# How is charge locally conserved?

I am aware of how to use both Gauss's and Ampere's Law but I am really interested in knowing and understanding how charge is conserved as a consequence of these laws, especially using these forms of the laws:

$$\vec{\nabla}\cdot\vec{\mathbf{D}}=\rho$$ $$\vec{\nabla}\times\vec{\mathbf{H}}= \vec{\mathbf{J}}+\frac{\partial\vec{\mathbf{D}}}{\partial t}$$

• Take the time derivative of the first equation and add it to the divergence of the second. Dec 13, 2021 at 19:55
• Use that the divergence of a rotation vanishes: $$\vec{0} = \vec{\nabla}\cdot(\vec{\nabla}\times\vec{\mathbf{H}})=\cdots$$ Dec 13, 2021 at 21:22
• @mikestone thanks, I used your comment and the answer provided below! Dec 14, 2021 at 6:10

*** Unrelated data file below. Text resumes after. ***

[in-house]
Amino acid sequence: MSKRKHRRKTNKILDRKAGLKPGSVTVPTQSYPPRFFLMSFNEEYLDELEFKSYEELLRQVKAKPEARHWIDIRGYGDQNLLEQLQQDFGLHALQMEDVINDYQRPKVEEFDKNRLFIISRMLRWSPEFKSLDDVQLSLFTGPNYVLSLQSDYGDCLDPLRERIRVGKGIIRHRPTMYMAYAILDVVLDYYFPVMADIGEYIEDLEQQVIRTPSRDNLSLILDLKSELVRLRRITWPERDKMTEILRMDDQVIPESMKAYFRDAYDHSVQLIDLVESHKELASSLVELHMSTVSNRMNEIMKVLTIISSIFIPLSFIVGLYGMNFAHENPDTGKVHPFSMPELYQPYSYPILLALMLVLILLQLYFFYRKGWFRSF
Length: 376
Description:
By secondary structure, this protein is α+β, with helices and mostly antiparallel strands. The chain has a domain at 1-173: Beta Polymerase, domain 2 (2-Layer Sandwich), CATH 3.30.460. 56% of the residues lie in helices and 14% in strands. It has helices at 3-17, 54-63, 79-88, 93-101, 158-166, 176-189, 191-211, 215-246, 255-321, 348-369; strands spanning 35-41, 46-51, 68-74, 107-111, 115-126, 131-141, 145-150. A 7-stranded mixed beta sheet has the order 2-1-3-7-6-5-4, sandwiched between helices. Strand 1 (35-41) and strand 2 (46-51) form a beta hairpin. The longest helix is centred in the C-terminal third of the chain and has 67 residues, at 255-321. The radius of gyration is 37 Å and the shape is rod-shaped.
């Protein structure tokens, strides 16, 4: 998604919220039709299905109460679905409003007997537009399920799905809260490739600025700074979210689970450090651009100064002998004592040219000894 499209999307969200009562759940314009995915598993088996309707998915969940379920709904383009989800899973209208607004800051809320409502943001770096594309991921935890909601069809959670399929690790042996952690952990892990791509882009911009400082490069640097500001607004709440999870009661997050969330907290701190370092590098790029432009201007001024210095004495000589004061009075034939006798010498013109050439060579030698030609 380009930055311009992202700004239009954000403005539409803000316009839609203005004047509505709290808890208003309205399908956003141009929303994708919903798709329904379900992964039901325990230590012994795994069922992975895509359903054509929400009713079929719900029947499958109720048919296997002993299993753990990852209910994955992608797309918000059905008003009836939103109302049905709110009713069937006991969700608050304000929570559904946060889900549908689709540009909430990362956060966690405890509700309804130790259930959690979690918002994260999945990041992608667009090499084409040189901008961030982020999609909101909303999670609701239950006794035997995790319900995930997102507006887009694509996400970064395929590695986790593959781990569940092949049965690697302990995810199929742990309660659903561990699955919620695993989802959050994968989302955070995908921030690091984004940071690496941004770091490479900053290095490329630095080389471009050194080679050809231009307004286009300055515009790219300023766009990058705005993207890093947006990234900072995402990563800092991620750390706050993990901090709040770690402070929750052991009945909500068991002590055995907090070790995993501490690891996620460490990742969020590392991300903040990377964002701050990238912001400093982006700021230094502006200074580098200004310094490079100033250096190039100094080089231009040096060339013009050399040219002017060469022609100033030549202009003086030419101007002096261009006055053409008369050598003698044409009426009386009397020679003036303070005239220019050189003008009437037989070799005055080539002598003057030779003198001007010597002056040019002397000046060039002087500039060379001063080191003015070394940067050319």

You can prove it with Maxwell's Equations and some vector identities.

Conservation of charge is $$\nabla \cdot \vec{J} + \partial \rho/\partial t = 0$$

Given $$\nabla \times \vec{B} = \mu_0 \vec{J}+(1/c^2)\partial \vec{E}/\partial t$$.

Take the divergence of both sides. By a vector identity, the divergence of a curl is 0.By Gauss' Law $$\nabla \cdot \vec{E} = \rho/\epsilon_0.$$ So take the divergence of both sides:

$$0 = \mu_0 (\nabla \cdot \vec{J})+(1/\epsilon_0c^2)\partial \rho/\partial t$$

We know $$\mu_0\epsilon_0=1/c^2$$, so divide everything by $$\mu_0$$, you get the defining equation for charge conservation.

Something similar applies to $$\vec{D}$$ and $$\vec{H}$$.

• Got it, thank you! Dec 14, 2021 at 6:09